• Keep kids and pets clear. The turkey frying process might be exciting to little ones and furry friends, but it’s not safe for them to get too close to the action. Make sure they keep a good distance from the fryer.
  • Call 911 if a fire breaks out. Oil fires are notoriously difficult to contain. In the event of an accident, call emergency services right away. Don’t try to put out the fire yourself (unless you have a fire extinguisher that’s specifically intended for oil fires – and even then, you should still call 911).
  • Consider using an electric fryer. While results may differ somewhat, oil-free electric fryers can still produce a crisp, tasty turkey. And they are safer than their oil-and-propane-tank counterparts. (You’re unlikely to find ones quite as big as the 30-quart oil fryers, though.)

Do I have a claim if I’m injured while deep-frying a turkey?

It depends. In order to have a valid personal injury claim, you’ll have to demonstrate that you were not at fault in your turkey fryer accident. Remember, too, that Maryland is a contributory negligence state, which means that you can’t be compensated at all if you’re found to be even 1% responsible for your injuries.

Having said that, you may have a case if you are able to prove the following three things:

  • You used the turkey fryer correctly and according to manufacturing instructions. In other words, you didn’t ignore any potential safety hazards like frying indoors, placing the fryer on an uneven surface, adding too much oil, heating the oil to a higher than recommended temperature or frying an un-thawed turkey.
  • The turkey fryer was defective, and those defects were the cause of the accident. It’s not enough to prove that the appliance you used did not function as intended. You must also prove that you were injured, or your property was damaged, as a direct result of those defects.
  • You sustained injuries or property damage because of the accident. As with any personal injury claim, you’ll need to prove that you sustained quantifiable injuries (physical or emotional) because of your accident. That means medical records, notes from your doctor, photos of home damage and so on.


All of this can seem a little daunting, which is why your best bet is to get in touch with an experienced lawyer. They can talk you through the specifics and help you determine the best strategy for getting the compensation you deserve.

If you are injured using a turkey fryer and you think you have a right to a claim, contact the Law Offices of Nicholas Parr in Baltimore, MD today to schedule your free consultation. We don’t receive a fee unless we win.

Unusual Personal Injury Cases in Maryland

Personal Injury Unusual Cases

When you think of personal injury claims, both here in Maryland and throughout the country, car accidents might be the first thing that comes to mind. There’s a good reason for this: auto accidents are the leading cause of personal injury claims in the United States, accounting for over 50% of cases. Slip-and-fall accidents and medical malpractice are also common claims, as are workplace accidents.

Exceptions to the Rule

That doesn’t mean there haven’t been some highly unusual personal injury claims over the years, however. One of Maryland’s most unique cases occurred back in 2008. Kyle Coleman, then a 20-year-old volunteer assistant coach for a soccer team near Columbia, jumped up to grab the top crossbar of a goal while he was retrieving a ball from the back of the net. The goal wasn’t secured, however, and Coleman fell onto his back, pulling the goal down on top of him. The crossbar smashed his face, causing injuries which required the insertion of titanium plates inside his head.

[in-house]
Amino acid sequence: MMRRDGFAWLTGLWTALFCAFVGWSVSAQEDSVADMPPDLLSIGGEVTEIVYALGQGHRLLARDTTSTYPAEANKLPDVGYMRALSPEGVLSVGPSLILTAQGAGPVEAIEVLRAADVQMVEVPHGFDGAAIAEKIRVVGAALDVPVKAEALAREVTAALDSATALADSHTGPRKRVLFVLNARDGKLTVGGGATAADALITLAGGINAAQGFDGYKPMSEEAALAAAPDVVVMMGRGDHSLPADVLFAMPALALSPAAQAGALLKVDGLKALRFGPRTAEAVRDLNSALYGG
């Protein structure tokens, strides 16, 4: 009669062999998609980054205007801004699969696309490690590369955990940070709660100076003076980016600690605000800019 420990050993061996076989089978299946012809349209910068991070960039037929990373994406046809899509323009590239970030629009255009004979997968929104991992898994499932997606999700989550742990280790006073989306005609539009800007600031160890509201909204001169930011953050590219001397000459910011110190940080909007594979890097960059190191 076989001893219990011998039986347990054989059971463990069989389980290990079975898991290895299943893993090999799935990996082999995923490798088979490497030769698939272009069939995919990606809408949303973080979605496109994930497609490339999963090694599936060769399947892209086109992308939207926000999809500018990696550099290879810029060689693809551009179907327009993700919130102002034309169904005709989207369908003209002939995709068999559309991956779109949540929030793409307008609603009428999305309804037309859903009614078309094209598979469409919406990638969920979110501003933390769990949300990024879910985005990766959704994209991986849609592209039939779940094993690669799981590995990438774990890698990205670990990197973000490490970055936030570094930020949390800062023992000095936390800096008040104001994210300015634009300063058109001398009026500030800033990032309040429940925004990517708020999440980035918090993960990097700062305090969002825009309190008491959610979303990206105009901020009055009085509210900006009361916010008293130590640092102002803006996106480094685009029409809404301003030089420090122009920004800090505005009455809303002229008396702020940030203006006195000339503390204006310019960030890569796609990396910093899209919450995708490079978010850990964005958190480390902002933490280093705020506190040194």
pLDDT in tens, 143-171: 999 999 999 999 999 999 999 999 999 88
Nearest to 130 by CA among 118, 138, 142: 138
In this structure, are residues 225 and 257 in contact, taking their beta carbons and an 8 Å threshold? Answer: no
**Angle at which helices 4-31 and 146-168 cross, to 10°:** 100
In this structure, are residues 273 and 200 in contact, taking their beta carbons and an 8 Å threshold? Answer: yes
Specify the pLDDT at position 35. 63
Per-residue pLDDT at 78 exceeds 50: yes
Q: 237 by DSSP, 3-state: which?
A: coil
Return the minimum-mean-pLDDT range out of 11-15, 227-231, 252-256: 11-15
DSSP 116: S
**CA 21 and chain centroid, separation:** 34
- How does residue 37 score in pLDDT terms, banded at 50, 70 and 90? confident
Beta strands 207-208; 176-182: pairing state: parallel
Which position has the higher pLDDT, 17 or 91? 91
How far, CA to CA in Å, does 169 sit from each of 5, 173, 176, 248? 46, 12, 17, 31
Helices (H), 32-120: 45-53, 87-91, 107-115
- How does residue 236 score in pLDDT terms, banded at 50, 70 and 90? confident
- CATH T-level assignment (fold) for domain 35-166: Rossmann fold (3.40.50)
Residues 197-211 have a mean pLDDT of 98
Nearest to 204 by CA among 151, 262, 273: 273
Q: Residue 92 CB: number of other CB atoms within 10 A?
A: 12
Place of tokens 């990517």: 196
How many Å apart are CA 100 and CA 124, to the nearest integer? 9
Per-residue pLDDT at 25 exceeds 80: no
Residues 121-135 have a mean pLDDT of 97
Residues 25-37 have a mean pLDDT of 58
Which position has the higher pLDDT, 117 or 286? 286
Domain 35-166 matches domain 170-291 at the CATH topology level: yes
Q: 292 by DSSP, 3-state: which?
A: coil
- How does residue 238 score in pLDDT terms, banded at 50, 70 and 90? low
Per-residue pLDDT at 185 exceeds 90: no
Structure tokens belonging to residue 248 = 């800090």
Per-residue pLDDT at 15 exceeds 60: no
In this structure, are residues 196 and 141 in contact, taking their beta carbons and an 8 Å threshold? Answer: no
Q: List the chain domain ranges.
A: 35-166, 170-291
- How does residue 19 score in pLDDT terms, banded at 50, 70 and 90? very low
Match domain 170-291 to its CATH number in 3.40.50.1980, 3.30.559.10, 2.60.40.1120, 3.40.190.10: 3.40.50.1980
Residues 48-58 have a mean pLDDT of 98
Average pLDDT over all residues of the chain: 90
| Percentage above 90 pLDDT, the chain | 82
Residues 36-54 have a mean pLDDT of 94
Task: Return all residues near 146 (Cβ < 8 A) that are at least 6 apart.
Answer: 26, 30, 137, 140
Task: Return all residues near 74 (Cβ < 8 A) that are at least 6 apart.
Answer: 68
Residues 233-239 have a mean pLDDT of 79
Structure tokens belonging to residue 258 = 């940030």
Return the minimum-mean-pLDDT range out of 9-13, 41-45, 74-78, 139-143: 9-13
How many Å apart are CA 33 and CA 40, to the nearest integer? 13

Coleman sued the organization in charge of the practice, Soccer Association of Columbia, for damages. He was not awarded any compensation, however. Why not? As previously mentioned[TK1] , Maryland is one of four states that adheres to the principle of contributory negligence, which dictates that you are not entitled to any compensation at all if you are found to be even 1% at fault in an accident. The jury in Coleman’s case ruled that jumping up to grab the soccer goal crossbar rendered him partially at fault in his accident, which disqualified him from receiving any financial settlement.

Other Unusual Cases

Outside of Maryland, there are plenty of other out-of-the-ordinary personal injury lawsuits worth mentioning – some of which are groundbreaking. You may have heard of the “McDonald’s coffee” lawsuit, which occurred some 30 years ago. 79-year-old Stella Liebeck suffered third-degree burns when she spilled a to-go cup of McDonald’s coffee on her lap while sitting in the passenger seat of a parked car. Liebeck originally tried to settle with McDonald’s, asking them to pay her $20,000 to cover her medical expenses, but the fast-food chain refused, instead offering her $800. So she filed a claim – and was eventually rewarded close to $3 million. While many people at the time dismissed the lawsuit as frivolous, the fact remains that Liebeck sustained substantial injuries as a result of someone else’s negligence (the coffee was determined to have been upwards of 180 degrees Fahrenheit – far too hot to safely drink).

Of course, not every unusual lawsuit is successful. Take, for example, the case of Richard Overton vs. Anheuser Busch in 1994. Overton, a resident of Michigan, sued the brewing company for misrepresenting Bud Light in their advertising “as the source of fantasies coming to life… involving tropical settings, and beautiful women and men engaged in unrestricted merriment.” Perhaps unsurprisingly, his personal injury suit, which claimed emotional distress, mental injury and financial loss, wasn’t successful.

Wondering if your personal injury claim is too unusual? Don’t assume you can’t pursue damages, even in a contributory negligence state like Maryland. Your best bet is to contact a qualified personal injury attorney, who can let you know if your situation warrants a claim. If you’re considering filing a personal injury claim, contact the Law Offices of Nicholas Parr in Baltimore, MD today to schedule your free consultation. We don’t receive a fee unless we win.